In that comment, I was referencing the previous version of the SMM flora by Raven et al. There is now a newer version by Prigge and Gibson; see below.
Subsequently, I saw many populations in other areas that had only white flowers, and other populations that had just pink or reddish flowers, and I gradually forgot that the populations were intermixed in the SMM. Even if I had remembered that, I perhaps would have just thought that the SMM might be an area where the two species intergrade.
In 2018, Bruce Watts observed a population of ~150 plants along the Spitler Peak Trail above Garner Valley in the San Jacinto Mountains, where plants with white flowers were intermixed with plants with pink / red flowers. I went with Bruce to see this population, and it seemed clear in the field there was only a single species here, with flowers that varied from pure white to deep pink/red. It did not surprise me to find white flowers with the pink/red flowers, since nearly every species has a white color variant. It would be surprising if there were not a white variant of R. malvaceum, which could still be different from R. indecorum.
Bruce and I returned to the Spitler Peak Trail on 14 April 2018, and it was clear from field observations and measurements on the flowers that all the plants on the Spitler Peak Trail, the white-flowered plants and the pink/red-flowered plants, were R. malvaceum. See Plants of San Jacinto Mountain: Ribes malvaceum.
It was interesting that when Bruce first saw the plants, ~90% of the flowering plants had white flowers. When we saw the plants together later, something like 90% of the flowering plants had pink / red flowers. So there is a slight difference in flowering time between the color variants.
I then found the Flora of North America (FNA) key and descriptions that provided other characteristics to separate the species. The separating characteristics, from the key and descriptions, are:
Hypanthia greenish white; sepals 1-2 mm; filaments ca. 0.2 mm; styles 3-4 mm, tomentose .... Ribes indecorum
Hypanthia pink; sepals (1.5-)4-6 mm; filaments 0.6 mm; styles 6-7 mm, sparsely hairy .... Ribes malvaceum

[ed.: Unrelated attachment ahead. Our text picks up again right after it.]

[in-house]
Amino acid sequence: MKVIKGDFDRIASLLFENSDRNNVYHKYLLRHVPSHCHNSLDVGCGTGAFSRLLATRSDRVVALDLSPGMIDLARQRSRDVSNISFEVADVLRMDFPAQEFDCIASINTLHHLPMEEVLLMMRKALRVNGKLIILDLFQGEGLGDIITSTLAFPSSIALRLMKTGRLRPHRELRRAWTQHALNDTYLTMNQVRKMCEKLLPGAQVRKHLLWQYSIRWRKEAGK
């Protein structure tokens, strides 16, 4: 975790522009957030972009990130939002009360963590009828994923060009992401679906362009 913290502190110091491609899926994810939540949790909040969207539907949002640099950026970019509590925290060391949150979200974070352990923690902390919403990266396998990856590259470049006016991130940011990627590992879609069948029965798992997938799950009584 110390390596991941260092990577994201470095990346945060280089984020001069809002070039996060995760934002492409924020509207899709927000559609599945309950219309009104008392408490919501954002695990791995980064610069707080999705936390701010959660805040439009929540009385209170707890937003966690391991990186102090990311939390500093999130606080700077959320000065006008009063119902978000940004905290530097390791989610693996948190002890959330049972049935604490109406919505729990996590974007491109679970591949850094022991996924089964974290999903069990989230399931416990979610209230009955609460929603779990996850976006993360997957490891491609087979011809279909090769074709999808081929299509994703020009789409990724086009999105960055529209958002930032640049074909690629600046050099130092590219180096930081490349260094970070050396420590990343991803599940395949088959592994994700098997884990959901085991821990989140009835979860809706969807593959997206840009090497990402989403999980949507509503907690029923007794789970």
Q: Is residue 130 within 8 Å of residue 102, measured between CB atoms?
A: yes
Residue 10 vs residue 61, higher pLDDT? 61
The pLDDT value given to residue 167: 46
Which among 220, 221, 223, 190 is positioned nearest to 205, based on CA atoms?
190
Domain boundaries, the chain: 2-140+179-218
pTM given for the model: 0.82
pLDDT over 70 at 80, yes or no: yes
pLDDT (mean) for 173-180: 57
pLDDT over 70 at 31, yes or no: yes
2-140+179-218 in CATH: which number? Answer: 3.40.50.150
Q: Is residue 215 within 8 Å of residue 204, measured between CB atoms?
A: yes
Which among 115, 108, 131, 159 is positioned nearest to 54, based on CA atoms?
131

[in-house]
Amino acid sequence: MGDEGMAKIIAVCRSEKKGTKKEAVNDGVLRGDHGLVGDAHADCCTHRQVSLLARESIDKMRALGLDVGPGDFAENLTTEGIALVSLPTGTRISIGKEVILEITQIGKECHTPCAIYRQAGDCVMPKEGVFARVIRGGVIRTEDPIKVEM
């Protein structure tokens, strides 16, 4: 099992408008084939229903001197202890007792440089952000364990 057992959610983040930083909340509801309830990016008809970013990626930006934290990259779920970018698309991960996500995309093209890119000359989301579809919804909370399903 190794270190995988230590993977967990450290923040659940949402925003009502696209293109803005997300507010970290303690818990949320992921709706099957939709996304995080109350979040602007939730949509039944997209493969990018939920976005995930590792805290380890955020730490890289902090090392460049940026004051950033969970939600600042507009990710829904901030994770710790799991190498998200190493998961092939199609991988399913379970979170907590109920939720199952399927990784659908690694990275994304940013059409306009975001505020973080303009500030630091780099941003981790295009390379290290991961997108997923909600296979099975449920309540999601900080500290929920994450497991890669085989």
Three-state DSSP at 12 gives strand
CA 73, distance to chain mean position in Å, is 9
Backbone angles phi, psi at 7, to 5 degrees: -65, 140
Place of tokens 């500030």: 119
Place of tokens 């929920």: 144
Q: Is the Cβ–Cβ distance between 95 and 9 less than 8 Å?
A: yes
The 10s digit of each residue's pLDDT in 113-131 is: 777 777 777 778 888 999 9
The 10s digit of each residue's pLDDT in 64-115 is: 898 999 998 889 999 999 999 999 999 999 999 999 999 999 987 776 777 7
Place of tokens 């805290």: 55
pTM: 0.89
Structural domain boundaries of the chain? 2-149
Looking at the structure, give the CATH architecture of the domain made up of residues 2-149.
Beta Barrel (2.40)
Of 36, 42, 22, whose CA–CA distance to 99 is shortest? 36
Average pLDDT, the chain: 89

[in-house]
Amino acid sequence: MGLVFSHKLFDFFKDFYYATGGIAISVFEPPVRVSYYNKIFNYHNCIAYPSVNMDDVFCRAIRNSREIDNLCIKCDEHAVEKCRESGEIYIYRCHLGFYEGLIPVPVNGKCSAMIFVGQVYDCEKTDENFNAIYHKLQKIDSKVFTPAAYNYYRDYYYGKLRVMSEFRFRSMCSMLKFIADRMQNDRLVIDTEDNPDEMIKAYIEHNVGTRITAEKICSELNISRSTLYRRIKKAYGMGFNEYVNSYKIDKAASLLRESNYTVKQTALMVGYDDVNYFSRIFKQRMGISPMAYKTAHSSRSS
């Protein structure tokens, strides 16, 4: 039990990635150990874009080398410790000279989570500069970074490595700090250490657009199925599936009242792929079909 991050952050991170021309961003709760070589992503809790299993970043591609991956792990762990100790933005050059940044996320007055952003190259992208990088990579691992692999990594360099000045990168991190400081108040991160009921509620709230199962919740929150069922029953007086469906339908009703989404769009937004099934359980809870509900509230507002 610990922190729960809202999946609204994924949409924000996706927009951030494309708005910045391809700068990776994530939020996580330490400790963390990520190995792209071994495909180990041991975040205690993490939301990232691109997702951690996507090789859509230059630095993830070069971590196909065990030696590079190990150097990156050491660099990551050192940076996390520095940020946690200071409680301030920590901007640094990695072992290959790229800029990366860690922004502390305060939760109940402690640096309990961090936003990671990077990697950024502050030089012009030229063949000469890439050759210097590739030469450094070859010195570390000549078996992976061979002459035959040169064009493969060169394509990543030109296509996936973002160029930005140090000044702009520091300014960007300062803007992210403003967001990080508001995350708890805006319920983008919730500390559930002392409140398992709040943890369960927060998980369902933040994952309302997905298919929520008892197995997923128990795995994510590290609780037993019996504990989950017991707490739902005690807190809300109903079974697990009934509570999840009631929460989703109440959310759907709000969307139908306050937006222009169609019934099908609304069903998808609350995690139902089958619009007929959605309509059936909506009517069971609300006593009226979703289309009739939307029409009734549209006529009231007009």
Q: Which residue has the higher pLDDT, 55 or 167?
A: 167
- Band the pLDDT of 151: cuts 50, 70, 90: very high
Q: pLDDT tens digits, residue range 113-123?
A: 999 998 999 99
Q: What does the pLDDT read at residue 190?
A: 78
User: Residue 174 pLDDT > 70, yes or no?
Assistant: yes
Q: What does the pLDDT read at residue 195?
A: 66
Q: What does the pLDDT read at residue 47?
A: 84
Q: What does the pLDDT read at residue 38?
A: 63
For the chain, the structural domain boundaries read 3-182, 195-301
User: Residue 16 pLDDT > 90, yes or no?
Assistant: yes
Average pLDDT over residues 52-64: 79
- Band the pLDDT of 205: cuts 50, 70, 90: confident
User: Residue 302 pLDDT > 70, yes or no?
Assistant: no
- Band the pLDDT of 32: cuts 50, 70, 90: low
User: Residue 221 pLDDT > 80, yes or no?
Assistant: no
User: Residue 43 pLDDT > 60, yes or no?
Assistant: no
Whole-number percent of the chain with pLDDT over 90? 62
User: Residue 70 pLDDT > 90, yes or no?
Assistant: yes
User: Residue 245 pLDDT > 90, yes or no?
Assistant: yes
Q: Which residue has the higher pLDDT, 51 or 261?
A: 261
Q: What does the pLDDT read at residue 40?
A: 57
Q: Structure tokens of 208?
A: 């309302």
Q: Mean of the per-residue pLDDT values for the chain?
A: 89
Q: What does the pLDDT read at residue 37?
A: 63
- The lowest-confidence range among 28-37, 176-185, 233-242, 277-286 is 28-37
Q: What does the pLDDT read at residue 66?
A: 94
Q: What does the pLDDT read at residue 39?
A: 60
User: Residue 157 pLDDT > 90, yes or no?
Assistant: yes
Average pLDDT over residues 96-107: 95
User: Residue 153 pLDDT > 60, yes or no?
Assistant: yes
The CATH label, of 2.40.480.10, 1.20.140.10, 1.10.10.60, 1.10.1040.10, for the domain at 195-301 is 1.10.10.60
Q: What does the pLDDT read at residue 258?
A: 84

With such wonderfully-clear numerical distinctions, I was then anxious to measure some flowers from the San Jacinto Mountains (SnJt) to see where they fell.
I was hoping to find some clear R. indecorum for comparison, so I next went to the Ramona Trail on the south side of Garner Valley. There were only about ten isolated plants there, five with only white flowers, and five with only pink flowers. I expected that these, too, would fall with R. malvaceum. The measured characteristics for the white flowers were the same as the measured characteristics for the pink / red flowers, making it very unlikely these were different species.
But to my surprise, these plants clearly did not fit R. malvaceum, having significantly shorter hypanthium, filament and style lengths, and a sepal length that is uncommon for R. malvaceum. They equally had problems fitting the R. indecorum description, with the wrong hypanthium color and style hairiness, and longer sepals and filaments.
I next went to Cahuilla Mountain, and found a population of well over 100 plants that all had white flowers, and thus would appear to be pure R. indecorum. However, again to my surprise, the measured characteristics of those flowers was essentially identical to those of the plants on the Ramona Trail.
So there seems to be something interesting going on with these two species beyond that stated in the floras. I do not by any means understand what is going on with these two species. Possibilities range from the two species not actually being separate taxa, to the two species simply needing to have their descriptions amended to include more variability. More study is needed!